The first thing I noticed when I held the Wii U’s large and alien controller was how surprisingly light and comfortable it was; I was expecting the device to weigh a heck of a lot more than it did. The second immediately apparent thing is just how sharp and crisp its 6â€ screen is. And then I got to play.
The queues for access to the tech demo’s, or experiences as Nintendo likes to call them, were all insanely long and it would have taken up to 3 hours just to get time with one single experience. Thankfully, we knew the right people and got whisked away to a hidden VIP area that gave us immediate access to every single demo, with nary a queue to be seen.
Here’s what we thought of each experience.
This experience, really nothing more than a tech demo showing the graphical capabilities of Nintendo’s new system impressed with its HD rendering of wellâ€¦a Japanese garden. What was quite fascinating was the interesting use of the Wii U controller’s screen. While its default view was to show exactly what was being displayed on the larger TV screen, holding a trigger button and using either the analogue circle pads or the device’s gyroscope to show completely different camera views, panning around the area. It’s impressive in that the device is apparently capable of rendering two different sets of visuals that are comparable to what we get on current HD consoles at the same time; one for each screen.
Zelda HD Experience
When we saw the Wii U’s reveal at the Nintendo press conference, one of the more intriguing things shown was of an imagined Zelda game in HD. It looked amazing from our seats at the conference, but seeing it close up was nothing short of breathtaking. It’s not currently a game, but the experience gave us the chance to see what it would be like if it were to happen. The Wii U control, by default would show the dungeon map, with the simulated gameplay – rendered in real-time – taking place on the main screen. Pressing a section of the touch-screen would allow you to stream the main â€œgameplayâ€ through to the controller,whike other touch screen â€œbuttonsâ€ would allow you to dynamically alter the lighting and change the camera’s perspective. It looked incredible, and if this were to become an actual game – and by rights it should – I’d buy Wii U in an instant. Zelda in HD? Yes please!
This experience is a simpler one, using the same sort of casual aesthetic we see in Nintendo titles like Wii Fit. It’s a simple multiplayer game where each player is tasked with drawing something on the touchscreen within specified guidelines. We were asked to do things like draw a straight 5 cm line, or a 30cm squiggle, or an angle of 65 degrees – with the system then calculating our accuracy and tallying up scores. Other than showing us that the Wii U, although it seems to function as well as a capacitive touch screen, is actually a resistive one that includes a stylus – it demonstrated that Ian is far better at judging drawn measurements than I am.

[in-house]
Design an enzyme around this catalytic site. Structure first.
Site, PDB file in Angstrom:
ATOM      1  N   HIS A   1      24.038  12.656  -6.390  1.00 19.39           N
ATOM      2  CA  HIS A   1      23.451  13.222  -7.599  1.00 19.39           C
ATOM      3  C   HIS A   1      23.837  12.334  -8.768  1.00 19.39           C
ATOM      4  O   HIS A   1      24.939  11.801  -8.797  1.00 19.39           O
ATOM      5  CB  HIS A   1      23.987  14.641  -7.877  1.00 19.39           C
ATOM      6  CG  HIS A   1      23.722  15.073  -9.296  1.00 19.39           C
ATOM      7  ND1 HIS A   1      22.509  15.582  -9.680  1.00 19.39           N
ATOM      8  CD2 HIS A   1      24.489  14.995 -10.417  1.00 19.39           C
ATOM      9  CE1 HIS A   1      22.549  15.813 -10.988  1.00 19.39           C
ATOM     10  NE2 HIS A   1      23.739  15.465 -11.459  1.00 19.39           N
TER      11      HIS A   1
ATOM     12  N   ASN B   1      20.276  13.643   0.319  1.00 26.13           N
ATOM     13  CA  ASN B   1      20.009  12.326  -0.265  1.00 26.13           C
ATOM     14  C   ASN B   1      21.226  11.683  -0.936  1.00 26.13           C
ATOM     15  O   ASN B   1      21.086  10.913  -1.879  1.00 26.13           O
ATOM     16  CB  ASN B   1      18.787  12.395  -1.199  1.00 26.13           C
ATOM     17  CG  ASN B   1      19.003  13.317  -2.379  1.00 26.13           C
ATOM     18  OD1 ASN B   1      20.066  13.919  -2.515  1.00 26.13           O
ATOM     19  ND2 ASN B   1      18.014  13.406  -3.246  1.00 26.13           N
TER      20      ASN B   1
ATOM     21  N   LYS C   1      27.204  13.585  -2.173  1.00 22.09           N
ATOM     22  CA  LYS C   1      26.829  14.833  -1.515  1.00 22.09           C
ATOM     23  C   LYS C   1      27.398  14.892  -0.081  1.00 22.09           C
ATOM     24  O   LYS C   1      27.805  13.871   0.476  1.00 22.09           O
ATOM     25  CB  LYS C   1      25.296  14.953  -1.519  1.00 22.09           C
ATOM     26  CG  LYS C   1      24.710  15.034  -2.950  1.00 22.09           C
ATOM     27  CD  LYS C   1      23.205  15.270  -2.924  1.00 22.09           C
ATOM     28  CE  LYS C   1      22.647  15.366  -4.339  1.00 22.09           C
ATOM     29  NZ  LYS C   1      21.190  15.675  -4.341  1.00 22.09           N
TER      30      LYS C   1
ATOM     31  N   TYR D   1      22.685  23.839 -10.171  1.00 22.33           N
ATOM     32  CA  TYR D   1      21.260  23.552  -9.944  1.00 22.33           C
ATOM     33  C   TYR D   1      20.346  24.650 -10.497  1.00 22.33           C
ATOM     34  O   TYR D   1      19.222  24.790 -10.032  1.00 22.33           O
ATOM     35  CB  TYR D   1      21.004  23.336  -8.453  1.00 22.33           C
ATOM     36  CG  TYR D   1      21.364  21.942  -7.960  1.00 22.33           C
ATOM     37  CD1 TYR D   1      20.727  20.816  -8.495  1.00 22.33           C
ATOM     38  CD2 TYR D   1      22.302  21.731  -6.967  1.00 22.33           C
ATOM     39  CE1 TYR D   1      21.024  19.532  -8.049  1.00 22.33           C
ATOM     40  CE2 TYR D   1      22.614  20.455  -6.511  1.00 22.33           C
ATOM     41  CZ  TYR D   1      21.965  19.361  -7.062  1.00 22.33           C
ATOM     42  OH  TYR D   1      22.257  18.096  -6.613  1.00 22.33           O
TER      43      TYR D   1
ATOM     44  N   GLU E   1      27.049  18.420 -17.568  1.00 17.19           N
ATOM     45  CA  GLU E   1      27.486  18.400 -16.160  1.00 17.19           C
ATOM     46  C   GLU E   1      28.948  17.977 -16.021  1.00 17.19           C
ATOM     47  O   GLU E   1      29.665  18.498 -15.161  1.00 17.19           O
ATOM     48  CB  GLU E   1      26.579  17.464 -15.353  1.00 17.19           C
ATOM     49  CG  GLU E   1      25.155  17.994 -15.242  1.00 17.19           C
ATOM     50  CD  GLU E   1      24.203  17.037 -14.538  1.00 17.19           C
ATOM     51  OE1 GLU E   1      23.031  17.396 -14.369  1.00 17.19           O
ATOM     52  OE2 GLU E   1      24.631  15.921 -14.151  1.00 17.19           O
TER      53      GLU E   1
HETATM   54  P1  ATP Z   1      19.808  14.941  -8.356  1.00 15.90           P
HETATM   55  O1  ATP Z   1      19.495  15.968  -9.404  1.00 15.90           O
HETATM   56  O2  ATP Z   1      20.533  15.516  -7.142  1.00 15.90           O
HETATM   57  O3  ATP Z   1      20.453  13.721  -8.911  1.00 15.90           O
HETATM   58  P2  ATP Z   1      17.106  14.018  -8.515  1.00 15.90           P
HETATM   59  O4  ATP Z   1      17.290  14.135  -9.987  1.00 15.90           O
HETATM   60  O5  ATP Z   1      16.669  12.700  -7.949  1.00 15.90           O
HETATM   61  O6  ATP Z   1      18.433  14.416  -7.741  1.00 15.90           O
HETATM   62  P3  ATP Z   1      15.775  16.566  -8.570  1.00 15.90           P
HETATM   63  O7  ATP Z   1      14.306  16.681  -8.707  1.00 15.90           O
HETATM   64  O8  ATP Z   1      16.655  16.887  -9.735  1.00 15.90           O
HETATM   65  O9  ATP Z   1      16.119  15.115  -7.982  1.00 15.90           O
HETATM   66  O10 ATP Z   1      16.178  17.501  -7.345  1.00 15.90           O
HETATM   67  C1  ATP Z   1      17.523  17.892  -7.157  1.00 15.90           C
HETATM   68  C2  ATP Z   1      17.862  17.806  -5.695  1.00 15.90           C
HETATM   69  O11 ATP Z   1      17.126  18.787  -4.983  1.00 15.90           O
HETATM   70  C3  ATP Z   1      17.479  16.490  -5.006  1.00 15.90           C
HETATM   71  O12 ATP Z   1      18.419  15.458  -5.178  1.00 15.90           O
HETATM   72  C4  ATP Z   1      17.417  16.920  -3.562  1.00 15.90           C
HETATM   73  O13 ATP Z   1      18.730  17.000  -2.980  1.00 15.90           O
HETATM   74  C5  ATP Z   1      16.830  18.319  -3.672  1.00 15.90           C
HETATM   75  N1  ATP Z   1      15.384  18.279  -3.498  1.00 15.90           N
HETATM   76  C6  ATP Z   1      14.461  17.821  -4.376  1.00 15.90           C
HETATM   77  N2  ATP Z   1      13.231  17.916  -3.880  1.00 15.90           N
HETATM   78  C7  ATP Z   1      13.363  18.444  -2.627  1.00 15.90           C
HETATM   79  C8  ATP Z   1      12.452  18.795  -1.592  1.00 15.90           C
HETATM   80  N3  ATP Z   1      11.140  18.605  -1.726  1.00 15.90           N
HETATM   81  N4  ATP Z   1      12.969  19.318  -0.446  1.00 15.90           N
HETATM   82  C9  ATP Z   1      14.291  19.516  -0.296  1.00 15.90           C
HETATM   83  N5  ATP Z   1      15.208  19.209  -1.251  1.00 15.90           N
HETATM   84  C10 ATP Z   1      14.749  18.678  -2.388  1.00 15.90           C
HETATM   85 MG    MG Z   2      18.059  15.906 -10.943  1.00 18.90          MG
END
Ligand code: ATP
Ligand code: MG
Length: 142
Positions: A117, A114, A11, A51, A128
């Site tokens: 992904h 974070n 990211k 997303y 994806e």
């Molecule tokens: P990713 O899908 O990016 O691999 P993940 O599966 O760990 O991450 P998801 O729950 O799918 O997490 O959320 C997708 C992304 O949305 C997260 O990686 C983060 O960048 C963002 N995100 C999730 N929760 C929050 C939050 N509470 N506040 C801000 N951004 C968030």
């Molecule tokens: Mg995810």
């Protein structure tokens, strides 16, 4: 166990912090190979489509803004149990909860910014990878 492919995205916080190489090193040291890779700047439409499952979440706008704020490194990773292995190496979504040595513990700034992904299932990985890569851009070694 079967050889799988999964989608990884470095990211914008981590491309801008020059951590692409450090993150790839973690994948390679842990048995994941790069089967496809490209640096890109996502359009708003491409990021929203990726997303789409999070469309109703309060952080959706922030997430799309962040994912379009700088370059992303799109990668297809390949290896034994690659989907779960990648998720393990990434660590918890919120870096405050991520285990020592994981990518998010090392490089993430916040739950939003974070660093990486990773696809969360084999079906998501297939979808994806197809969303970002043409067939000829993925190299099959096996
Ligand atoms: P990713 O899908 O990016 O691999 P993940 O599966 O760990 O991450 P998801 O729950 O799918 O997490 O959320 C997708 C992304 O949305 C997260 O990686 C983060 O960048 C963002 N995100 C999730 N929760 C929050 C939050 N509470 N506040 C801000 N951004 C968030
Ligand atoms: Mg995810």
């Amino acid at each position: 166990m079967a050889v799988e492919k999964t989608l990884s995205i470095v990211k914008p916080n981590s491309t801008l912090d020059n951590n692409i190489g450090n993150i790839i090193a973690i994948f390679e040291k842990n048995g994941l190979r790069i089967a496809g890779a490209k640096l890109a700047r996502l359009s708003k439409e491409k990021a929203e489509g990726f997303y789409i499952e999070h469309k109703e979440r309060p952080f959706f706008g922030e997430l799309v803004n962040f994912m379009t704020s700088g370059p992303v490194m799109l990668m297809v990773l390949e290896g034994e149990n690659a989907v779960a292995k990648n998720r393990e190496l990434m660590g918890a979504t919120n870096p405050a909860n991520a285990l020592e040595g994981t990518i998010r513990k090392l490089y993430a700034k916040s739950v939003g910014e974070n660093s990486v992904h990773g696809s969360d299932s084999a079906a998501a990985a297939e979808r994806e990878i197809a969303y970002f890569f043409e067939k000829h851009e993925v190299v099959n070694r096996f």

This was an interesting experience, and the first of our encounters showing the possibilities inherent when mixing up the use of older Wii controllers with the fancy new one. Two players controlled Mii Metroid-liker characters in a mixed third and first person perspective much like we’ve seen in Prime, aiming and shooting with the Wii motes and using the Nunchuck to move about. A third player uses the new controller to pilot a flying space ship, with the goal of it all being for the ground-based combatants to destroy this ship and vice versa.
New Super Mario Bros Mii
This was a traditional 2D Mario experience, with its goal as a tech demo just being a means of showcasing how well the streaming of full games to the controller’s screen works; and it does so beautifully – without any noticeable latency, as if by magic. I did find that for some reason, I was more comfortable following the game on the smaller screen of the controller than the image shown on the TV.
This was another Mii game sporting Wii-like visuals – but its game dynamic made it one of the most fun prototypeÂ experiences for the new system. It’s essentially a 5 player twist on hide and go seek; with 4 players using wii motes and one using the new controller. The character using the tablet is privy to a map on the touchscreen that shows the positions of the rest of the players, and is a given a brief head start to run away and hide. The others players need to work together, scouting for and shouting out the location of the hider. It’s a heck of a lot of fun, attested by the fact that just about everybody playing had huge grins.
The last experience was a an odd sort, that reminded me a lot of the absurd DS title, Rhythm Heaven. In it, players are tasked with holding the Wii U controller up to the screen to block plunger arrows fired from pirate ships to the left, right and in the centre. The display on the controller would change relative to how the controller was being held; as if it were a viewscreen to an entire reality arpund you. The odd bit is that players are required to bring the controller up up in a specified music beat, and shake off the arrows by quickly pulling the Wii U controller back down, in time to the music as well. It’s a cool demonstration of how the controller can be used to give different vantage points to what’s displayed on the main TV screen.
InÂ the end, I left the extended hands-on session quite a bit more keen for the new console than when I entered. It’s still very much a prototype, with no real playable games – but the tech demo experiences showcased had me excited for the new gameplay experiences and world of potential offered by the Wii U.
Last Updated: June 10, 2011